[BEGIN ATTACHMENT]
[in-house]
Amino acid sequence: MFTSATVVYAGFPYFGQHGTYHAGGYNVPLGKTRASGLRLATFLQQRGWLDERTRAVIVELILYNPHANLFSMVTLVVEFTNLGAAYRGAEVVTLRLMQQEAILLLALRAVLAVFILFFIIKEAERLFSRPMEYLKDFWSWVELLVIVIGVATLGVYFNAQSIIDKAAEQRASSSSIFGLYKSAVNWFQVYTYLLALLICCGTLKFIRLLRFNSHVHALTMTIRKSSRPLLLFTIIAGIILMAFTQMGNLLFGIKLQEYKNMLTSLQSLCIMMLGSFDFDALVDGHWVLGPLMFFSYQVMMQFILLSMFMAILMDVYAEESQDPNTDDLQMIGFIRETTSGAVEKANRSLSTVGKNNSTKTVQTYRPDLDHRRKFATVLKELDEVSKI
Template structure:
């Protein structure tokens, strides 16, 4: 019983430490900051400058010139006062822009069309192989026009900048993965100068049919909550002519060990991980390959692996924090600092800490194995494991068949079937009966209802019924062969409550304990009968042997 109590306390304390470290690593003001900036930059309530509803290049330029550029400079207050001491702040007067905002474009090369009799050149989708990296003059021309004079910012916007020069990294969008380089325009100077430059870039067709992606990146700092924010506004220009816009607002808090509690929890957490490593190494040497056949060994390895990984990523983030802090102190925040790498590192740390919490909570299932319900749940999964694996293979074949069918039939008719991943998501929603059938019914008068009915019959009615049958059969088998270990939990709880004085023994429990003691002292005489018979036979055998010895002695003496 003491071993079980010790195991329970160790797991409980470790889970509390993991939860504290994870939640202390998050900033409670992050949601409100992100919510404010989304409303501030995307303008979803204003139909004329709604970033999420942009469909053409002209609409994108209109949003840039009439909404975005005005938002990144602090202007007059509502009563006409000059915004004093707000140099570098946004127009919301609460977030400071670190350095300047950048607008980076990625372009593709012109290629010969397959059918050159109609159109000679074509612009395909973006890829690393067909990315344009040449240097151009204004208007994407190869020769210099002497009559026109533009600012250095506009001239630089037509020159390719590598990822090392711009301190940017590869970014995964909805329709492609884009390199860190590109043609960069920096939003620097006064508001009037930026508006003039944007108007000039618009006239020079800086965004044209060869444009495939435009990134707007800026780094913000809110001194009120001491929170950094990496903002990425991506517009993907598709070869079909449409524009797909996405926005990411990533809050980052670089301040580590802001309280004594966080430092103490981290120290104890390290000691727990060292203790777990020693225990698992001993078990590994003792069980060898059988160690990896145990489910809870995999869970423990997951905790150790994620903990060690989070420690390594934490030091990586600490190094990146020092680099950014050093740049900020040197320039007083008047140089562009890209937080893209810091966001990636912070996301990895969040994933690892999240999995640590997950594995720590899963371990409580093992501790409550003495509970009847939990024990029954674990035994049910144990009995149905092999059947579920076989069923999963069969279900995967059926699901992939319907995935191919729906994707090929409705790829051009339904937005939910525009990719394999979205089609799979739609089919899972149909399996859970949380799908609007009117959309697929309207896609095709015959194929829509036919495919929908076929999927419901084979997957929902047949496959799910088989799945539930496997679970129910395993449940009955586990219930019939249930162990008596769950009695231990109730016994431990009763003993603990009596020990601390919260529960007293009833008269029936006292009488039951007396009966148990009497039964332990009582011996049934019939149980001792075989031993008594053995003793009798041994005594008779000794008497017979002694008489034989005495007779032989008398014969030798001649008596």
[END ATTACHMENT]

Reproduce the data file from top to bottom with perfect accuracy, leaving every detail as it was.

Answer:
[in-house]
Amino acid sequence: MFTSATVVYAGFPYFGQHGTYHAGGYNVPLGKTRASGLRLATFLQQRGWLDERTRAVIVELILYNPHANLFSMVTLVVEFTNLGAAYRGAEVVTLRLMQQEAILLLALRAVLAVFILFFIIKEAERLFSRPMEYLKDFWSWVELLVIVIGVATLGVYFNAQSIIDKAAEQRASSSSIFGLYKSAVNWFQVYTYLLALLICCGTLKFIRLLRFNSHVHALTMTIRKSSRPLLLFTIIAGIILMAFTQMGNLLFGIKLQEYKNMLTSLQSLCIMMLGSFDFDALVDGHWVLGPLMFFSYQVMMQFILLSMFMAILMDVYAEESQDPNTDDLQMIGFIRETTSGAVEKANRSLSTVGKNNSTKTVQTYRPDLDHRRKFATVLKELDEVSKI
Template structure:
């Protein structure tokens, strides 16, 4: 019983430490900051400058010139006062822009069309192989026009900048993965100068049919909550002519060990991980390959692996924090600092800490194995494991068949079937009966209802019924062969409550304990009968042997 109590306390304390470290690593003001900036930059309530509803290049330029550029400079207050001491702040007067905002474009090369009799050149989708990296003059021309004079910012916007020069990294969008380089325009100077430059870039067709992606990146700092924010506004220009816009607002808090509690929890957490490593190494040497056949060994390895990984990523983030802090102190925040790498590192740390919490909570299932319900749940999964694996293979074949069918039939008719991943998501929603059938019914008068009915019959009615049958059969088998270990939990709880004085023994429990003691002292005489018979036979055998010895002695003496 003491071993079980010790195991329970160790797991409980470790889970509390993991939860504290994870939640202390998050900033409670992050949601409100992100919510404010989304409303501030995307303008979803204003139909004329709604970033999420942009469909053409002209609409994108209109949003840039009439909404975005005005938002990144602090202007007059509502009563006409000059915004004093707000140099570098946004127009919301609460977030400071670190350095300047950048607008980076990625372009593709012109290629010969397959059918050159109609159109000679074509612009395909973006890829690393067909990315344009040449240097151009204004208007994407190869020769210099002497009559026109533009600012250095506009001239630089037509020159390719590598990822090392711009301190940017590869970014995964909805329709492609884009390199860190590109043609960069920096939003620097006064508001009037930026508006003039944007108007000039618009006239020079800086965004044209060869444009495939435009990134707007800026780094913000809110001194009120001491929170950094990496903002990425991506517009993907598709070869079909449409524009797909996405926005990411990533809050980052670089301040580590802001309280004594966080430092103490981290120290104890390290000691727990060292203790777990020693225990698992001993078990590994003792069980060898059988160690990896145990489910809870995999869970423990997951905790150790994620903990060690989070420690390594934490030091990586600490190094990146020092680099950014050093740049900020040197320039007083008047140089562009890209937080893209810091966001990636912070996301990895969040994933690892999240999995640590997950594995720590899963371990409580093992501790409550003495509970009847939990024990029954674990035994049910144990009995149905092999059947579920076989069923999963069969279900995967059926699901992939319907995935191919729906994707090929409705790829051009339904937005939910525009990719394999979205089609799979739609089919899972149909399996859970949380799908609007009117959309697929309207896609095709015959194929829509036919495919929908076929999927419901084979997957929902047949496959799910088989799945539930496997679970129910395993449940009955586990219930019939249930162990008596769950009695231990109730016994431990009763003993603990009596020990601390919260529960007293009833008269029936006292009488039951007396009966148990009497039964332990009582011996049934019939149980001792075989031993008594053995003793009798041994005594008779000794008497017979002694008489034989005495007779032989008398014969030798001649008596």